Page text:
"The price of his survival".will almost certainly be a pivot away from the right toward a centrist coalition."
"The Israel that emerged from (Tuesday's) vote is not the rightward-drifting, annexationist-tending, religious-lurching nation it has become fashionable to portray."
Rose-colored glasses obscure reality. Calling Israel centrist turns truth on its head. Dominant parties spurn democracy. They reflect Zionist extremism. They claim Jewish supremacy.
They deplore peace. They embrace violence, not peaceful coexistence. They endorse confrontation over diplomacy.
They believe in strength through militarism, intimidation, and naked aggression. They menace Jews and Arabs alike. They threaten neighboring states and humanity.
The Wall Street Journal headlined "Israel's New Political Center," saying:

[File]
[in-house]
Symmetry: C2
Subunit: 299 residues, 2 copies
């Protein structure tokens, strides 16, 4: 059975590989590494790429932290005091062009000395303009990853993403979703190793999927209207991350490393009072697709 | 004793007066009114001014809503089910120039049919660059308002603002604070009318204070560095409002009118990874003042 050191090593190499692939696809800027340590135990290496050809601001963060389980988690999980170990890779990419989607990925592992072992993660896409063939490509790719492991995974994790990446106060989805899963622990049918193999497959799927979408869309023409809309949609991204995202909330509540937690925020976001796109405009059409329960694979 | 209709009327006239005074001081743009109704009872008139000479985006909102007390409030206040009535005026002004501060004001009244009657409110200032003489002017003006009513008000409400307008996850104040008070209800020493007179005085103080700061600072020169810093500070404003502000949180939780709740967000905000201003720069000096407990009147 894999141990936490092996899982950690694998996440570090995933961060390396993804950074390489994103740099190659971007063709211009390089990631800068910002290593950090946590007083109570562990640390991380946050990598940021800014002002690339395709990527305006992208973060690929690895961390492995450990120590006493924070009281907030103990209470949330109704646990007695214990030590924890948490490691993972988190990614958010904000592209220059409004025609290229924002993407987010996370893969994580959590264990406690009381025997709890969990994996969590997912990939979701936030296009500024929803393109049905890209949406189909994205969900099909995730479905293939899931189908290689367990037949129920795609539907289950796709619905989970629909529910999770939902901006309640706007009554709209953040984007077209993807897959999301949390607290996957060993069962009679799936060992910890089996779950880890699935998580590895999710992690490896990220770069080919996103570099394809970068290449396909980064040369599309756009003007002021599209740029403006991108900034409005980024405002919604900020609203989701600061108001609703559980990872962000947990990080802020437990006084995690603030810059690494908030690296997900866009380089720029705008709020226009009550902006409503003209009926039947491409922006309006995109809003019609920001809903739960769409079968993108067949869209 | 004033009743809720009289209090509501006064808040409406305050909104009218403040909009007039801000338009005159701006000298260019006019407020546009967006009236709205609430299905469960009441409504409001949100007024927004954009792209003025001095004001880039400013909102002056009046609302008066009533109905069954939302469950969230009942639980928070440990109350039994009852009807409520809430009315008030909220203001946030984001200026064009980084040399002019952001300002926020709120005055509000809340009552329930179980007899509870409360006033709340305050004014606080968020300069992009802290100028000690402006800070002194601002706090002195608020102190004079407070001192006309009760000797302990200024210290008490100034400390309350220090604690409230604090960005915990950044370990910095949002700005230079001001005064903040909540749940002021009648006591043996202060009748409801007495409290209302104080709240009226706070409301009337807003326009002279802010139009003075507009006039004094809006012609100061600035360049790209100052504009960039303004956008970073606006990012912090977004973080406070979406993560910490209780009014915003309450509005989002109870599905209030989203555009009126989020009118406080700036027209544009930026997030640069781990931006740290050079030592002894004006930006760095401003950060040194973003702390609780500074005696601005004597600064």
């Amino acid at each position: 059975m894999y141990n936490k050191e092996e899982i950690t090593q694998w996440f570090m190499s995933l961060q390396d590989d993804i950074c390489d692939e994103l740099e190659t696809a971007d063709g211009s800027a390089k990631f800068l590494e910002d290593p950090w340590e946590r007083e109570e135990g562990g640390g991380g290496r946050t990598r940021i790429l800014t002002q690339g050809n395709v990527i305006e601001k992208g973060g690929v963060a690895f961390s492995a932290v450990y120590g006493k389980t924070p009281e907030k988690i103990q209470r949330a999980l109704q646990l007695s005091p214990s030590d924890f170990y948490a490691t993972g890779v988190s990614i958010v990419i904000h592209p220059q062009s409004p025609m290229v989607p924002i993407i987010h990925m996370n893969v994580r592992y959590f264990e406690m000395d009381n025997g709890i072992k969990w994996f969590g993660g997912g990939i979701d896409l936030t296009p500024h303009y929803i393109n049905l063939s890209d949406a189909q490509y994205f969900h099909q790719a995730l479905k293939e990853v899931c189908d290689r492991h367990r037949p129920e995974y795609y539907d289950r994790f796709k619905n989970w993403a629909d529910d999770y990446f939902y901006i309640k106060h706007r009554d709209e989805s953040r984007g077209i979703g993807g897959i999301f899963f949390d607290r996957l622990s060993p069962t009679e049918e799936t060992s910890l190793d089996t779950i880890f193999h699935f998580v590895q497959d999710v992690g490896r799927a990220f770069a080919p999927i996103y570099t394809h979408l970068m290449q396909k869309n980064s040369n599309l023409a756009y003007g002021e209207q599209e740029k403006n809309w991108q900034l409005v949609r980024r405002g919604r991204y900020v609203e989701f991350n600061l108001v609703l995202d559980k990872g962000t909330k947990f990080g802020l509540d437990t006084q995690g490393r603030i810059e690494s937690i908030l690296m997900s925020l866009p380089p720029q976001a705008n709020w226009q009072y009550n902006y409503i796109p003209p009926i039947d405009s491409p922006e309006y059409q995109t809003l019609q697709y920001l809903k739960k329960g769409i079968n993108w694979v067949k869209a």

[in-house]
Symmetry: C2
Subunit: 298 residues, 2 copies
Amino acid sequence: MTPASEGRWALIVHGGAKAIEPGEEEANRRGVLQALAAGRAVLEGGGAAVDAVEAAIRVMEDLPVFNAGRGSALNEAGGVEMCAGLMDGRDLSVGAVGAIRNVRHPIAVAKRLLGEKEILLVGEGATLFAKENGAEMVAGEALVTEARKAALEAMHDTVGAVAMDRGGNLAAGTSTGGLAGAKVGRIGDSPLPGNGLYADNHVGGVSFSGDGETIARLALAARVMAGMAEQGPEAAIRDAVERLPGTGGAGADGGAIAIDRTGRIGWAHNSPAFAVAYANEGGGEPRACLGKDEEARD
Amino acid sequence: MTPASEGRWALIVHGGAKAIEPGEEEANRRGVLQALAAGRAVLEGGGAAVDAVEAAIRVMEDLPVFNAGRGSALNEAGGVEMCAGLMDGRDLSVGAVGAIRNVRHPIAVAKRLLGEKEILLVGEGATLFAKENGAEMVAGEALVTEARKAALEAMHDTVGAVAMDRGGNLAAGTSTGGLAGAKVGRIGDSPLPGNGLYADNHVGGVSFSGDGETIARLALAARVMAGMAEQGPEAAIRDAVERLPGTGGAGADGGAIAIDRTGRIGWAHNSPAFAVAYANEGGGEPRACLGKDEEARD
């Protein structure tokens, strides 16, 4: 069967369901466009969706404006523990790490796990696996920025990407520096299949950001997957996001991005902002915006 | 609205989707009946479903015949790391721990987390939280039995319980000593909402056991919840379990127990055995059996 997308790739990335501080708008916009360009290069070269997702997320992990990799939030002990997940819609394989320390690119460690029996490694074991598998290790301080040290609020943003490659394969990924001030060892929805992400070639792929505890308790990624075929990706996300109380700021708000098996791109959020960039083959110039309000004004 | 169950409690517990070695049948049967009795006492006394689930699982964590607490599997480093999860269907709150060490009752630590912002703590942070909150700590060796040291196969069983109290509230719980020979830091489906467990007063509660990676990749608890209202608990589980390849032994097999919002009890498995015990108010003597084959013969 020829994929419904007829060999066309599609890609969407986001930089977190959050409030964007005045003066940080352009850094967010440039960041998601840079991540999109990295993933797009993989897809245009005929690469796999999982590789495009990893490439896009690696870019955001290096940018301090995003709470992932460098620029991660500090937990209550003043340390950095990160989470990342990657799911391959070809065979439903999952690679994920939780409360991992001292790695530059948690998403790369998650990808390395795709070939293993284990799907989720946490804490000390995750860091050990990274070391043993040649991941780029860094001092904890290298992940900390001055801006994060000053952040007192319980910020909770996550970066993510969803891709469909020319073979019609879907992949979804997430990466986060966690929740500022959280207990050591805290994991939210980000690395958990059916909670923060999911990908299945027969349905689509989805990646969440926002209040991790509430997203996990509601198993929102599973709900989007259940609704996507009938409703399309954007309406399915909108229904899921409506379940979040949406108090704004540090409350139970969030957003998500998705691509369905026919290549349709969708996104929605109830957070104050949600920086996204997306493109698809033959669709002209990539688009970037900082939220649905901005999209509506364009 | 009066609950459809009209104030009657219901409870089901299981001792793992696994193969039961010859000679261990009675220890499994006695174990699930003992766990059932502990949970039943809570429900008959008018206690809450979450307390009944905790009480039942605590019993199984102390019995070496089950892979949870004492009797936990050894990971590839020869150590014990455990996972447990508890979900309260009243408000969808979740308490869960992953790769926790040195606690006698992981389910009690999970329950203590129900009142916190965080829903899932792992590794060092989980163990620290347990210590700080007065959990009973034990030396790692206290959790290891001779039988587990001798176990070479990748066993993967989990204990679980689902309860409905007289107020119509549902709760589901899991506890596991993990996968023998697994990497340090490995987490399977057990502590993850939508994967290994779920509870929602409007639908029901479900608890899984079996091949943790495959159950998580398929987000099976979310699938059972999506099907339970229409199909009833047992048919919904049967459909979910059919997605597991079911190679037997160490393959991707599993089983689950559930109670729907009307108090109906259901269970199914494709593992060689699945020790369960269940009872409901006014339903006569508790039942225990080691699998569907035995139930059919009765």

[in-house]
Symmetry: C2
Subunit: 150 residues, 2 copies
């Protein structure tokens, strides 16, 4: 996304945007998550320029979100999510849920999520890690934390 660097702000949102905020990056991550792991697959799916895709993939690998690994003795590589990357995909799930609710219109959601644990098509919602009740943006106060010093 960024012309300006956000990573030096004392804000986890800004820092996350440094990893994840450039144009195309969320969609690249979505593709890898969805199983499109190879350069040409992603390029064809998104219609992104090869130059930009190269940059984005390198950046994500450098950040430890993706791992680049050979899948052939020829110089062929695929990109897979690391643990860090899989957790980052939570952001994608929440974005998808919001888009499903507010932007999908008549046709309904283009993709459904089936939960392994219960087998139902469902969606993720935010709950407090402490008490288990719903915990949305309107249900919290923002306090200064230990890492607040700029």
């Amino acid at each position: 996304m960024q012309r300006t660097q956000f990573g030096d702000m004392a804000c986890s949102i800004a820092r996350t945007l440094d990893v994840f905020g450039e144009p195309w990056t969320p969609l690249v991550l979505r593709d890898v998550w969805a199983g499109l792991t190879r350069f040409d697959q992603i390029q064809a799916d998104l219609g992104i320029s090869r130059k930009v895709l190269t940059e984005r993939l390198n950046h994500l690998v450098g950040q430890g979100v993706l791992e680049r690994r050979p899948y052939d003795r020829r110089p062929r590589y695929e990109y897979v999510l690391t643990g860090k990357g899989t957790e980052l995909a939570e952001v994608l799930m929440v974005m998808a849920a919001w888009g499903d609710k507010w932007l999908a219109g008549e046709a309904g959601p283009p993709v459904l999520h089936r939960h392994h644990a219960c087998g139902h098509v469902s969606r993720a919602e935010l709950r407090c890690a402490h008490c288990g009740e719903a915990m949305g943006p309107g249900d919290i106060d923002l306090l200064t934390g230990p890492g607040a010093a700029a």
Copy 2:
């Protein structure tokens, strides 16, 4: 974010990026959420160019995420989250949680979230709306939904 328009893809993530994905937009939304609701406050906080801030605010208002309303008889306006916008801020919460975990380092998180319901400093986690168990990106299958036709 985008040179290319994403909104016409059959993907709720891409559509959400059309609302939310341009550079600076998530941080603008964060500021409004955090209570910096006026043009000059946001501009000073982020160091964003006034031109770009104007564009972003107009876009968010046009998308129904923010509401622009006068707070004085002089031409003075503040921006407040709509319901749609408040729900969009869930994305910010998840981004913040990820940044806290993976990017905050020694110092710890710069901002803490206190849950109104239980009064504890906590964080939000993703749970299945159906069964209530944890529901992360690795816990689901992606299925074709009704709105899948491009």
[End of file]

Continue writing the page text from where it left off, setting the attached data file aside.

Netanyahu remains prime minister with "different partners." Israel's "center" held. "Conventional wisdom" was wrong.
The Washington Post said Netanyahu's "weakened" position "raised the prospect of a more centrist government that could ease strained relations with Washington and signal more flexibility in peace efforts with the Palestinians."
The Los Angeles Times said Netanyahu's "disappointing performance will require him to reach out to the center in order to form a governing coalition."
Haaretz contributor Ari Shavit highlighted "The dramatic headline of this election: Israel is not right wing."
He's Haaretz's resident hawk. He claims King Bibi's reign ended. He'll remain prime minister but won't rule. "His life will not be easy, not politically and not in terms of policy."
Israel is more centrist, says Shavit. Imagine calling a dog a cat. Israel is more rightwing than ever. Election results left no doubt.
Haaretz's Chemi Shalev said they showed voters "elected a government that is bound to be more centrist, more moderate, more secular, more pluralistic and more inclusive than its predecessor or any of the alternatives that seemed plausible just a few short days ago."